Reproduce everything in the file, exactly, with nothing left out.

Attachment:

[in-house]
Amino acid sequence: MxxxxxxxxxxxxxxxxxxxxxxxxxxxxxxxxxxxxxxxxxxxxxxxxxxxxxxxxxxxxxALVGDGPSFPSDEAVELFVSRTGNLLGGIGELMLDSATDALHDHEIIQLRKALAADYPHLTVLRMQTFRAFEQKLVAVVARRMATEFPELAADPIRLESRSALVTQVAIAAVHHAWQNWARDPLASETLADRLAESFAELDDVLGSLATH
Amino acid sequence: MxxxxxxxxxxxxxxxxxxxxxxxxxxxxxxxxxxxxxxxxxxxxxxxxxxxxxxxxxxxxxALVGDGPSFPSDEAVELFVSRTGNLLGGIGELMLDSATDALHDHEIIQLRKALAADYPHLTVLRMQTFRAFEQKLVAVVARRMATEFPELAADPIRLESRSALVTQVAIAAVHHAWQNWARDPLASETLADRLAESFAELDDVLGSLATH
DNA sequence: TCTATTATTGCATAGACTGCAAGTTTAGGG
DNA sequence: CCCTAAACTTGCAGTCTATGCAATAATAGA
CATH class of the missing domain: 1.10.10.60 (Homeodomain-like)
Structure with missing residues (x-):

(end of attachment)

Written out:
[in-house]
Amino acid sequence: MxxxxxxxxxxxxxxxxxxxxxxxxxxxxxxxxxxxxxxxxxxxxxxxxxxxxxxxxxxxxxALVGDGPSFPSDEAVELFVSRTGNLLGGIGELMLDSATDALHDHEIIQLRKALAADYPHLTVLRMQTFRAFEQKLVAVVARRMATEFPELAADPIRLESRSALVTQVAIAAVHHAWQNWARDPLASETLADRLAESFAELDDVLGSLATH
Amino acid sequence: MxxxxxxxxxxxxxxxxxxxxxxxxxxxxxxxxxxxxxxxxxxxxxxxxxxxxxxxxxxxxxALVGDGPSFPSDEAVELFVSRTGNLLGGIGELMLDSATDALHDHEIIQLRKALAADYPHLTVLRMQTFRAFEQKLVAVVARRMATEFPELAADPIRLESRSALVTQVAIAAVHHAWQNWARDPLASETLADRLAESFAELDDVLGSLATH
DNA sequence: TCTATTATTGCATAGACTGCAAGTTTAGGG
DNA sequence: CCCTAAACTTGCAGTCTATGCAATAATAGA
CATH class of the missing domain: 1.10.10.60 (Homeodomain-like)
Structure with missing residues (x-):